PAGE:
It was then into some of the crypto for social good material many of the audience were keen on hearing, with Connie Gallipi of Bitgive and Vojtech Simetka of Blockchain for Humanity both presenting in a joint talk about how their projects are allowing for blockchain based transparent donations and leading the way for a future of more well-managed NGOs. After the duo’s well handled double talk, was a main attraction: Athena Yu of Binance’s Blockchain for Charity foundation. Yu shared just how passionate Binance are about social good, and just how much they’re proving that with astonishing figures of donations going into Uganda through Binance coin wallets in recent months.

The opportunities for social upliftment through blockchain and crypto are simply staggering, and festival organisers are to be applauded for including such an important topic in the program.

By now it was 17:05, and we were deep into the afternoon, and on the home stretch toward Shimmy sundowners on the sea. Special acknowledgment needs to go to the remaining speakers here, as all were aware that their slots required extra effort to keep the attention of the remaining audience.

Having said that though, these were intriguing topics. Many attendees were excited to hear from new market disruptor Revix, who have been gaining significant traction in the market of late. Co-founder Louie Buys did a fine job explaining just how they’ve built their unique platform.

To close off the talks were Xago’s Jurgen Kuhnel, who took us through Ripple’s trust potential to replace current banking infrastructure, followed by the CEO of new noise-maker in the industry, Earle Loxton, CEO of DCX Capital. Having just been launched on the Easy Equities platform, and backed by Michael Jordaan, DCX10’s investment token allows investors to bet on the Top 10 cryptocurrencies in a single token, with the Top 10 assets weighted by market cap.

And to conclude the frenetic festival was a panel discussion about the benefits or dangers of Facebook’s Libra coin. Again moderated by the knowledgeable Grey Jabesi, this panel saw some new faces: With Claire Hall hailing from Sydney Australia, Prof. Angela Itzikowitz of ENS Africa, Marius Reitz of Luno, and then Graeme Tennant again joining the team on stage. The general consensus on Libra is that it detracts from the true purpose of cryptocurrencies, although some of the panel believe there is room for a well legislated cryptocurrency whose founders are in bed with the regulators. It was an intense dialogue which provoked many a question around big corporates gaining control of our financial system versus big government. Which would you prefer? The answer for most is neither.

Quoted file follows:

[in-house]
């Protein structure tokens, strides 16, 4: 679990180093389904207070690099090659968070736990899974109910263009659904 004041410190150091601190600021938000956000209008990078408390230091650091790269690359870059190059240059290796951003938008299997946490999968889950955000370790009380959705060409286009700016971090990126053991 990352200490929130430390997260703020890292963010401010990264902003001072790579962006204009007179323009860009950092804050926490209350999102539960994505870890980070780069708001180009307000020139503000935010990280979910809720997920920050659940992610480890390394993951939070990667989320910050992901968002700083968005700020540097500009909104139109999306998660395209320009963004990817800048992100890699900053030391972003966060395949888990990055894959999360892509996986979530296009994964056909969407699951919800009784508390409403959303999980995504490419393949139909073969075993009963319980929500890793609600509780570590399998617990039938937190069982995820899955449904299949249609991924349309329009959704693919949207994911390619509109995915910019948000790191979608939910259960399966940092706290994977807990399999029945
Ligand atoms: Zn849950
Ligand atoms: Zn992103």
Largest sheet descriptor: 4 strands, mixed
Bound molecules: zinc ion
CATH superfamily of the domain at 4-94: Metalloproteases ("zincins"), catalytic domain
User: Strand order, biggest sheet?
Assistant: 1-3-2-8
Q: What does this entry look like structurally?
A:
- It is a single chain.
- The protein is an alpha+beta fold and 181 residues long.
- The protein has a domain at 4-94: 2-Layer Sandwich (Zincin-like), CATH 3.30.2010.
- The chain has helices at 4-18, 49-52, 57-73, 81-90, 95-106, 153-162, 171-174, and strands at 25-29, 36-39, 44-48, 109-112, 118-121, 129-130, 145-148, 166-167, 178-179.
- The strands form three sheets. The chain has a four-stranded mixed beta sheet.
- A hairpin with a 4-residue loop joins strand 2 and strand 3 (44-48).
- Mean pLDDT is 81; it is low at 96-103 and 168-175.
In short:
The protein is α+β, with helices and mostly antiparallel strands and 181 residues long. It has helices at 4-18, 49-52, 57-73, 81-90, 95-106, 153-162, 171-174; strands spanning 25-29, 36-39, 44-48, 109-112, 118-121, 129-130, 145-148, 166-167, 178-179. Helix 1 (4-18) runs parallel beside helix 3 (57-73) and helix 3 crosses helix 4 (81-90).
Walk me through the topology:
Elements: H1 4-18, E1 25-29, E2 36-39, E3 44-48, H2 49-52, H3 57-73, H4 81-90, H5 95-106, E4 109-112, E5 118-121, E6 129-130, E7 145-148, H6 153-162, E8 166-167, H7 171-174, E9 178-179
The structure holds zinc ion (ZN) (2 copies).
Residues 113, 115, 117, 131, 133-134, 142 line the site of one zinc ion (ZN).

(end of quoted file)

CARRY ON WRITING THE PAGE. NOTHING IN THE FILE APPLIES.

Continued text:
And just like that, Crypto Fest 2019 was over. After a little thank you to the sponsors and a Skype Call (via Quantum Wormhole Reader) from the future, the sun was setting on a scintillating Cape Town sea, and it was time for purple and blue crypto cocktails and an afterparty at a venue to remember.

The day had seen hundreds of new ideas sparked, countless opportunities created through serendipitous meetings, and minds educated to what is possible with cryptoassets. The overwhelming narrative not only at Cryptofest but even at recent events around the country, is that the finance and investment industry is undergoing an almighty upheaval, and that upheaval may well cause clampdowns and restrictions, but it is an inevitable upheaval, and those down the rabbit hole first, will know exactly how to behave at the Mad Tea Party.

Here’s to the Mad Hatters changing the world.

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Here are some photos of the memorable day…

James Preston is the Executive Editor of Global Crypto. He is a writer and media commentator who has been reporting on how the Tech industry will make the world a better place for 14 years, with a large following on South African radio. He is an early adopter of Bitcoin, and began reporting on its revolutionary capabilities in late 2014. Philosophical by nature, he is intrigued by how the world works, and in turn, how it can be bettered. James believes wholeheartedly that the world can become as close to perfect as we humans can imagine, but it will take a lot of effort (and time) to get there. He believes his life purpose is to inspire people to believe this, and find their place in helping humanity achieve it. James regularly does talks on emerging technology and its impact on society at Universities, global conferences, and events. To invite him to speak at your event, or comment for your media outlet, email